McLaren not being over-cautious despite failures

2012 United States Grand Prix

Kevin Magnussen, McLaren, Yas Marina, 2012McLaren say they will continue to pursue improvements in car performance while trying to fix the reliability problems which have dogged them recently.

“The failure that we had in Abu Dhabi was very painful,” said managing director Jonathan Neale during a Vodafone McLaren Mercedes phone-in. “Having said that we’ve just done 1,500 trouble-free kilometres with the same car in the test last week.”

“Obviously we’re very mindful of the constructors’ championship and we are still taking performance upgrades to this circuit. We are not taking an overtly cautious approach but I’d say we are going to be very diligent.”

Lewis Hamilton retired from the last race in Abu Dhabi while leading. The same happened to him in Singapore and Jenson Button’s race in Italy came to an end when he had a technical problem while running second.

The team have also had technical problems during practice sessions and Button had a five-place grid penalty for a gearbox change at the Japanese Grand Prix.

Neale said the team intend to be in contention for victory at the Circuit of the Americas: “We hope and our desire is to do really well here and win the race.”

He added: “I think it’s going to be an interesting one for the drivers to have to learn on Friday and for the teams to have to balance their engineering programmes as well as allowing the drivers to get to grips with it.

“We have the extra set of tyres, I believe, on Friday, as well which should help. It’s always good to go to a new circuit but this one in particular seems to have been really well thought-out.

“I expect to see usual the suspects at the front, a really close-fought championship and pretty tantalising battles up and down the grid.”

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32 comments on McLaren not being over-cautious despite failures

  1. Ogurka said on 14th November 2012, 15:29

    “Having said that we’ve just done 1,500 trouble-free kilometres with the same car in the test last week.”

    Which now puts them that much closer to the next failure!

    • Michael (@freelittlebirds) said on 14th November 2012, 20:22

      McLaren has to get this one right – if there’s another problem with Hamilton’s car, I’d love to see what percentage would still think it’s coincidence. The problem with Hamilton is that he’s driving in front of Button and that somehow affects the reliability of the car immensely. If Hamilton drove behind him, he’d have no issues whatsoever…

      • Keith Collantine (@keithcollantine) said on 14th November 2012, 20:31

        @freelittlebirds The only thing I find hard to believe is why you are so certain a team that spends hundreds of millions of dollars per year going racing would actively try to prevent one of their drivers doing just that.

        • Traverse Mark Senior said on 14th November 2012, 21:53

          @keithcollantine
          If Lewis finishes the year on a high and comfortably beats Jenson (both on the track and on the points board), it would not only compound McLaren’s mistake in failing to keep one of the best drivers on the grid, it would give Hamilton a huge boost in confidence, which could help him to settle at Mercedes.

          With the skyfall-ing on Ham’s year, coupled with him not finishing races and having an all round bad end to his season, his confidence may take a knock and Jenson could take a quantum of solace in the fact that he isn’t that far behind Ham, despite being pretty average this year.

          Either way, I believe that Ross Brawn has a goldeneye when it comes to spotting talent and potential. We all know that Lewis has that killer instinct, that licence to kill when it comes to driving on the ragged edge, and when he’s in the zone he has the ability to scare the living daylights out of the coolest of customers.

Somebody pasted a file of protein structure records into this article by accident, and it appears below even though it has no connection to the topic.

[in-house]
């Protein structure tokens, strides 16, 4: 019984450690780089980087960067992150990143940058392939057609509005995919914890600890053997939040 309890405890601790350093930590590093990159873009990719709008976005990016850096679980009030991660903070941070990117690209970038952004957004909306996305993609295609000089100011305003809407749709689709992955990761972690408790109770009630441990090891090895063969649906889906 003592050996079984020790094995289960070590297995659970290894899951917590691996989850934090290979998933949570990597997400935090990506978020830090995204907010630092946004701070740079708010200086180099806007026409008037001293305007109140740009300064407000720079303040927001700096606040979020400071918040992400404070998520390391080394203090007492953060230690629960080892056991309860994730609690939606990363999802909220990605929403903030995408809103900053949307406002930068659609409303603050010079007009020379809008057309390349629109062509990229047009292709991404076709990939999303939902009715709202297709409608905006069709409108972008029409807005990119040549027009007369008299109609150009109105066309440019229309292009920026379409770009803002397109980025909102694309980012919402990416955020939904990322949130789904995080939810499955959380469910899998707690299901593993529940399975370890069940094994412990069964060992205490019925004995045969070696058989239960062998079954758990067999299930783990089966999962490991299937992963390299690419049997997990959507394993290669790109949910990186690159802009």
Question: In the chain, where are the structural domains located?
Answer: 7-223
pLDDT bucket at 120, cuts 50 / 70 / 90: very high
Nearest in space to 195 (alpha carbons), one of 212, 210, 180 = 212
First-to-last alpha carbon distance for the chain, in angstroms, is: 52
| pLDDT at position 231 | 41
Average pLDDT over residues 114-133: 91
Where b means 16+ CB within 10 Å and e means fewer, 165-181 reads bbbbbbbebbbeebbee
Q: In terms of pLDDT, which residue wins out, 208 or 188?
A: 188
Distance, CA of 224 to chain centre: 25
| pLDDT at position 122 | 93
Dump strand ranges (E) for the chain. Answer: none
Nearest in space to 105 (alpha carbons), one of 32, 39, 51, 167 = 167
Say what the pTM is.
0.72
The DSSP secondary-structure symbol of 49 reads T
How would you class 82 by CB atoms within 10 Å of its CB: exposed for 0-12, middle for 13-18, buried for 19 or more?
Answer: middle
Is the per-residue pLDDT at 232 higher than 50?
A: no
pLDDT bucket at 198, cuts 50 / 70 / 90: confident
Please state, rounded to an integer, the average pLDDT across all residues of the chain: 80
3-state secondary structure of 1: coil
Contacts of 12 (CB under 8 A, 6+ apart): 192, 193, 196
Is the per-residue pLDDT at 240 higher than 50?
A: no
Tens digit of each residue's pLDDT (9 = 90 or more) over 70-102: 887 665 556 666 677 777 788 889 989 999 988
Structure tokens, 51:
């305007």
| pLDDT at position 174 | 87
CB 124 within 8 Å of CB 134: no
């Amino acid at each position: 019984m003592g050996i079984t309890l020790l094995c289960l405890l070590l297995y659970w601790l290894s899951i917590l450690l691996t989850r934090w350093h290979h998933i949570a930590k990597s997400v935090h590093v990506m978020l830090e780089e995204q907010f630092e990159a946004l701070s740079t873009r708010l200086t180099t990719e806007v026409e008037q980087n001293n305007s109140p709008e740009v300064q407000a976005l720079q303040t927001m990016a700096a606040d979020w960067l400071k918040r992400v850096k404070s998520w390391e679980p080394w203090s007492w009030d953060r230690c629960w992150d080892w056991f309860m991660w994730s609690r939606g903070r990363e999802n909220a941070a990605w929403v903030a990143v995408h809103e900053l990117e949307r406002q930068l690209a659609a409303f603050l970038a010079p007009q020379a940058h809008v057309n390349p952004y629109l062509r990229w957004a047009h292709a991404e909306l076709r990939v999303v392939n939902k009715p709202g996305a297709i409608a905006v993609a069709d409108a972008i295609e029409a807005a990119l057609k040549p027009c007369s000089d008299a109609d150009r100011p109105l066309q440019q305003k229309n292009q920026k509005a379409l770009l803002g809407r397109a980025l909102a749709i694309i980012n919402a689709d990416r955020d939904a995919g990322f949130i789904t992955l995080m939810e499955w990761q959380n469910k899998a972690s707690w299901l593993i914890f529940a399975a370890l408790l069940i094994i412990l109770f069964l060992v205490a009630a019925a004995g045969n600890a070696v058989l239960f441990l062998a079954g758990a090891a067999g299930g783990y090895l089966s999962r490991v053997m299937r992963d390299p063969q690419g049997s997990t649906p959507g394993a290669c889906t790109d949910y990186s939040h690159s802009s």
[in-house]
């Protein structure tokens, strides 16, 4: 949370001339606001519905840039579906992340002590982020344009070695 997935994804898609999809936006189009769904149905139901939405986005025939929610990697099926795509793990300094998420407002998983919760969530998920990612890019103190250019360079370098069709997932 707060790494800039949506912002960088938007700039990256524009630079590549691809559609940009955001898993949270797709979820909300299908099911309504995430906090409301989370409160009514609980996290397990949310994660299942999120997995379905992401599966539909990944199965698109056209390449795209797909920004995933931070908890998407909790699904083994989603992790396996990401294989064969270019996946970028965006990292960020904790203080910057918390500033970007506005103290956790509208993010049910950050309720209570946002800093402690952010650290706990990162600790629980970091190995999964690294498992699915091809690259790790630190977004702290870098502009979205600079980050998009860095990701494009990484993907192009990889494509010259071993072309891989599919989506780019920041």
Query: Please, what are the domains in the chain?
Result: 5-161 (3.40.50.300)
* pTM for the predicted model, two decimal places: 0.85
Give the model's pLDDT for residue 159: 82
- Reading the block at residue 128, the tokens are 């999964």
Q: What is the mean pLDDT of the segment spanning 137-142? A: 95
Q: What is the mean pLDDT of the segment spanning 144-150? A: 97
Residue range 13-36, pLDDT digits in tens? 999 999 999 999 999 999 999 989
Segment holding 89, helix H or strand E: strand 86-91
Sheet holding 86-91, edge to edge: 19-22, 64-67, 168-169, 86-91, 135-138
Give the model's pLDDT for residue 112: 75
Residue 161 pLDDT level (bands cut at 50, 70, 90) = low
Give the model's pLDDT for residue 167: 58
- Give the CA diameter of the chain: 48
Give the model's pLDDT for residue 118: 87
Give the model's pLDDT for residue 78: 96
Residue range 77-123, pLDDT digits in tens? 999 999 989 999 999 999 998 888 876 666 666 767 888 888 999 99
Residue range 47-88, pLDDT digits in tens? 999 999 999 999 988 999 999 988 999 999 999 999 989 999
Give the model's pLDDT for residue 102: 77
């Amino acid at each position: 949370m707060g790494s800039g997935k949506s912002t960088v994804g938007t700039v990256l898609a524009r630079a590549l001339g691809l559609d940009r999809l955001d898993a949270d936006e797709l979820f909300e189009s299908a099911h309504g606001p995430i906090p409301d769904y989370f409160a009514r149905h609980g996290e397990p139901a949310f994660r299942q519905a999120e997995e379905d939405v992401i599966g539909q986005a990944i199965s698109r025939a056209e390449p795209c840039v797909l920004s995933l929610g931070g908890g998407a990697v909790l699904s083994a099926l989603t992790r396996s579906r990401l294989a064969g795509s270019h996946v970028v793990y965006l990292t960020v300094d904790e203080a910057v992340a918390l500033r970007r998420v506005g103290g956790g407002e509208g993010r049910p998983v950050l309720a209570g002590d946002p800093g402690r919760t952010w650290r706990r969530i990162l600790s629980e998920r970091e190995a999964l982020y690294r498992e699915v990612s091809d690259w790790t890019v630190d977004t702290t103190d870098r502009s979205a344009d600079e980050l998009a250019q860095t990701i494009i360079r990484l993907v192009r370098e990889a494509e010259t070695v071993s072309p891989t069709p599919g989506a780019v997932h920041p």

Hamilton’s stay at McLaren might not have been as successful as he (or McLaren) had hoped. Even so, Lewis must keep perspective and remember that if you don’t succeed today, tomorrow never dies, there is always a new day just over the horizon and with his mentality and talent, his time isn’t over yet, he will die another day.

          As for McLaren, the need to live and let die. Sometimes you get the impression that the world is not enough for them. They should take a step back and re-evaluate the situation and how they run the team because it’s clear that they lack the goldfinger at the moment, that luck (without which success is almost impossible). But hey, who knows, maybe Sergio Perez will be a thunderball of a driver and administer the jump start that McLaren need…Octopussy!

          • and in the meantime Hamilton will have pussy-cat-galore

          • substructure said on 15th November 2012, 3:40

            hahaha! awesome… but why?!

          • Todfod (@todfod) said on 15th November 2012, 6:05

            Hilarious.. although I would throw in a Casino Royale reference with the gamble Martin took on Perez

          • Michael (@freelittlebirds) said on 15th November 2012, 13:05

            ok, I have no idea what that meant but it was absolutely hilarious – one of the funniest F1 posts I’ve ever read.

          • Kenneth Ntulume said on 15th November 2012, 14:01

            Bond fanatics are everywhere!

          • Traverse Mark Senior (@) said on 15th November 2012, 14:15

            I was making the point that, even though Hamilton’s season hasn’t gone as he would’ve liked, he mustn’t dwell on it. He has stared down the Jaws of defeat many a time and come out the other end relatively unscathed. If there is any negativity coming from McLaren, (such as Whitmarsh’s comments about Ham regretting his move to Merc) it is only Scaramanga-ring of the lowest level, and he shouldn’t pay attention to it.

            After all, he is in a privileged position, being one of a chosen few that get to drive the best motor cars on the planet (not to mention he gets payed a lot of MoneyPenny to do it). I doth my bowler hat to Hamilton, has F1 must be a crazy world to live in, it’s an Oddjob to have.

            @freelittlebirds
            I’m sorry that you didn’t have a Q as to what my post meant, that might be because it wasn’t meant *cough* for your eyes only…ok…I’ll stop now :-)

      • Michael (@freelittlebirds) said on 14th November 2012, 21:24